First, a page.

Grow Your Own Italian Herbs

It’s no secret that we think the freshest ingredients are the best, our partnership with Family Mealtimes shows that, however laying your hands on great organic produce can be tricky. The supermarket versions of live herbs seem to last only a week on the window sill and the flavours are never quite as deep as those that scatter Italian restaurant dishes.

It is quite simple though to grow your own at home, it doesn’t matter if you live in an apartment, a terrace or a room in a shared house, all Italian herbs need are a little light and a lot of love!


The live basil available from many shops wilts within days as producers generally scatter many seeds overcrowding the pot so as soon as it’s ready to pick the roots become compacted within the soil. You can buy your own seeds, some compost and a pot ensuring you have all year round basil for a fraction of the price. Basil can be planted outdoors once the threat of frost has disappeared in May however here in the north we recommend you grow it inside. Try to resist the temptation to sow all the seeds at once as you can sow every month to ensure a fresh young crop whenever you need it.

Basil adores sunlight and drainage so we make sure some old ceramic pieces line the bottom to allow water to flow freely. We also pick a sunny spot on a draft free windowsill or close by so it benefits from the available light.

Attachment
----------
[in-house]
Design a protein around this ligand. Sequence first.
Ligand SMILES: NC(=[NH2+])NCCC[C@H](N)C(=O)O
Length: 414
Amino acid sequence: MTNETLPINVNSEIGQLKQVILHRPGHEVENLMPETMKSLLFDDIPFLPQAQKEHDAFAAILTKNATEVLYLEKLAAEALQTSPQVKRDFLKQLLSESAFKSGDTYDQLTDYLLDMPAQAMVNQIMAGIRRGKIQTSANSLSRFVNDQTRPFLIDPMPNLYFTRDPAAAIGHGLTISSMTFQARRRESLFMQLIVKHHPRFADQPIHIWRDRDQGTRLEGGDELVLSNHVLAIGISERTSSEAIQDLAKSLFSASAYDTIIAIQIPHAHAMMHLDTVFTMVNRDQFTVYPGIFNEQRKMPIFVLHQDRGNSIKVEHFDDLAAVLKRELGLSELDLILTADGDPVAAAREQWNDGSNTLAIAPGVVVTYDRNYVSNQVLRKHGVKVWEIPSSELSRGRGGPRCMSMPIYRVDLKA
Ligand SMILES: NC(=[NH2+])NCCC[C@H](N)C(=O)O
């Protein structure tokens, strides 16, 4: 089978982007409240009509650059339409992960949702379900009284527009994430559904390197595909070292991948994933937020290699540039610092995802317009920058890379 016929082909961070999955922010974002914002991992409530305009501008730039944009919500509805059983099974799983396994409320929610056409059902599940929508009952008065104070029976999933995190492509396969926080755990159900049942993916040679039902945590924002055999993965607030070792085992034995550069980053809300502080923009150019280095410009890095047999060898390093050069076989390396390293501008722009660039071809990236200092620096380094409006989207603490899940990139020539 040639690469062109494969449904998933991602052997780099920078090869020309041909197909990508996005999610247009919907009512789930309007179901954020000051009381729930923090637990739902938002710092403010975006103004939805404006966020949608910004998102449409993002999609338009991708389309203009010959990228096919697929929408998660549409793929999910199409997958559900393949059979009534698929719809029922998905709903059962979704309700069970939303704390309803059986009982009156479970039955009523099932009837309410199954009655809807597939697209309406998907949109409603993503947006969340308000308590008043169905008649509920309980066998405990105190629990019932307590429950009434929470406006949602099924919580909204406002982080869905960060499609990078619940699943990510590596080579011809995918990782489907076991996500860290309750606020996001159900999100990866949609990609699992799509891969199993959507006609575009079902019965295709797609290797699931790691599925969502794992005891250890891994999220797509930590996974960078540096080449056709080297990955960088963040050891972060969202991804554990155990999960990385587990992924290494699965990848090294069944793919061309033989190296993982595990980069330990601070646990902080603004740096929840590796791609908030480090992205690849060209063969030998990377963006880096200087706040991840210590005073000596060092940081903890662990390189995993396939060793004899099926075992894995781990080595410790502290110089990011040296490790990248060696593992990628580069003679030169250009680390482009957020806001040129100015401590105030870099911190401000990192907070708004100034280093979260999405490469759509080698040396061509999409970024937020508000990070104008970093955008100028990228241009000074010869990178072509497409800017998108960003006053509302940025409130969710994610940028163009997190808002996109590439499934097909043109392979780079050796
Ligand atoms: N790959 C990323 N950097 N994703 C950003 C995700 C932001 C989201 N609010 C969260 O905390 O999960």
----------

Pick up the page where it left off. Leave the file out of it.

The youngest basil is the tastiest, sweet and succulent you’ll want to eat it alone, if adding to dishes try adding at the last moment so you benefit from the full flavour.


Oregano will grow well outside in almost any climate however it will sleep over the winter. For the best results, sow indoors and let it live with you as the northern outdoors varieties harden to the weather creating tough stems that no one really wants to chew on when enjoying an Italian meal!

It’s so easy to grow you’ll wonder why you’ve never tried it before, as simply scatter 10 to 20 seeds on ready prepared compost in a pot and cover with a thin layer of soil, water to avoid drying out and watch your Italian herbs come to life.

Personally we think these fragrant herbs make for the best houseplants, and always add the aroma of Italy to your abode!

Once you have the bug expand your range with rosemary, garlic, garlic chives and maybe even a tomato plant or two as if you grow tomatoes alongside basil they absorb the rich tea aroma!



Published by Martina Mercer

Martina is a marketing consultant, SEO expert and freelance copywriter who enjoys gardening in her spare time. She especially likes to combine the joy of gardening with spending quality time with the children so everyone benefits from exercise and a good dose of fresh air daily. Martina is also the editor of Sunday Woman Magazine the luxury lifestyle mag for over 30 women with a brain :)

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